RESEARCH & Development

Our 200m²  R&D department is the creative heartbeat of the company. This is where new products take life as they go through the phases of development. Since our startup in 2002 our R&D process underwent some changes, from hand shaping of the first plugs to the CAD/CAM/CNC of our latest creations. Below our R&D process is described by Celliers for those interested in the more technical aspects.

A kayak’s life starts as an idea. This idea might be prompted by a gap we notice in our own line-up, by requests from dealers or paddlers, or simply by a desire to create a new type of boat that hasn’t been produced by anybody yet. The idea is refined until I have a clear set of design parameters.

The second step in the process is the CAD design. I create 2D CAD drawings the same way I did when I hand-shaped our first kayaks. The hull is designed first, which includes the rocker profile, sidewalls, rails and release edges. This is the most critical part of a kayak design. If these aspects of the design don’t work together efficiently, no amount of bells and whistles is going to make the boat perform well. Once I’m happy with that, the split line, deck and cockpit is done. The ends of the kayak are left for last, as the ends can influence both the performance and appearance of the kayak in a big way. The designs are created by using a combination of analysis of what I have tested before, my theoretical knowledge of fluid dynamics, my practical knowledge based on a lot of time on the water, and of course my gut feel. So far so good.

The 2D drawings consist of a range of cross sections and outline profiles. These 2D drawings are used to make a 3D CAD profile of the kayak. This is done by a good friend of mine, Steve Horvath, the best 3D designer I care to know. The 3D drawing is discussed in detail between us, changes are made etc., until I’m happy with the look of it. The advantage of the 3D CAD profile is that I can view it from all different angles; zoom in and out etc, before anything is done physically on a piece of foam. Steve is a very competent paddler himself and understands what I’m creating, making it easier to discuss details and bounce ideas.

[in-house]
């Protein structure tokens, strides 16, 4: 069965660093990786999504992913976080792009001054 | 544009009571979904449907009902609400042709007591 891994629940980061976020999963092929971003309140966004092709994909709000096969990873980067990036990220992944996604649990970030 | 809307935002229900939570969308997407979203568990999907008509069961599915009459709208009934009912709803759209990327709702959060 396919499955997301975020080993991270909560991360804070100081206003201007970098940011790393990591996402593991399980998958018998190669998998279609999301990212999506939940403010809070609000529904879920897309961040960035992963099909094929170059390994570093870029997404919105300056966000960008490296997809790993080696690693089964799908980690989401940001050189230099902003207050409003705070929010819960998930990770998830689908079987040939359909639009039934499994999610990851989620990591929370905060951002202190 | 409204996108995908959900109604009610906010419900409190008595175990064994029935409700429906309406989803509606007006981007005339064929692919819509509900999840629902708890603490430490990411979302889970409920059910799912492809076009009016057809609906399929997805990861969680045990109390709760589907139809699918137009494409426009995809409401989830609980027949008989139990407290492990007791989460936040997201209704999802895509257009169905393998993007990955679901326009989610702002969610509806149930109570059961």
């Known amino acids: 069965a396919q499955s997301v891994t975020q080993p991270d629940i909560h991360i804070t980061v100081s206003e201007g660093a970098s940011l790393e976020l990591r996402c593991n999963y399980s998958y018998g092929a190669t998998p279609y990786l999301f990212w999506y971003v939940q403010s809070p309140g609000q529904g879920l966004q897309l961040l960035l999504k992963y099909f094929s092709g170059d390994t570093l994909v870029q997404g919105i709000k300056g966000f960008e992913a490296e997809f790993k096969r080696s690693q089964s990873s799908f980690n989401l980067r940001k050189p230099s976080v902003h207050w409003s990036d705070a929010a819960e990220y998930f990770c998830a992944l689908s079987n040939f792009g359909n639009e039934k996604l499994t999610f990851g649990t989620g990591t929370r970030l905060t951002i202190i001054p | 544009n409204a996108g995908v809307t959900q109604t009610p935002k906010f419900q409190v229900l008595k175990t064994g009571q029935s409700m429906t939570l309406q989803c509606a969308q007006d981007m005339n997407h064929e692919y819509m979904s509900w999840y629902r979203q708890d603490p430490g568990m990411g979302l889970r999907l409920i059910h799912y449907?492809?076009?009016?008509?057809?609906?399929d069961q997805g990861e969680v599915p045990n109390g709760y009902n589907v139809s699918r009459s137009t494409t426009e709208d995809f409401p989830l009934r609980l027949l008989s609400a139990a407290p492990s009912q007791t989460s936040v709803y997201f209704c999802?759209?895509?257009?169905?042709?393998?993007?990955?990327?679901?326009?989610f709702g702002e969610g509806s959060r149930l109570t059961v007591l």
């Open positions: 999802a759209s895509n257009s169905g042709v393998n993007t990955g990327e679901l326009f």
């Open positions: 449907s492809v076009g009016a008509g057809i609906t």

Once the CAD design is finalized, it is used to create the CAM files for cutting the foam plug on a CNC machine. This step is critical to make sure an accurate foam model is cut.

The kayak’s physical life starts when it is cut from a urethane foam block. This is now done on our in-house CNC router which we built in 2009. The machine’s name is Klaas and it can cut a kayak up to 6m long in one piece. Cutting takes a few days, and once it is done, we have a full scale foam kayak model which is called the plug.

We use this plug to first make a temporary fibreglass mould from which plastic prototype kayaks can be moulded. The prototypes are tested on various rivers, on flat water or on the ocean, depending on the type of kayak. Most testing is done on African waters of course, although I sometimes send prototypes to some of our international team paddlers for testing when needed. After testing some changes normally need to be made to the plug. If the changes are really small, the plug can be finished off for the next step in the process. If the changes are substantial, the prototyping process is repeated. This process can be repeated a few times, depending on how quickly the design objectives for the new model are met.

The next step is to finish the plug off completely, making sure everything is symmetrical and that all the small details are added. Once the plug is ready and polished, we make a pattern using composite materials. The pattern is a negative of the plug, and the final aluminium mould will eventually become a replica of the pattern.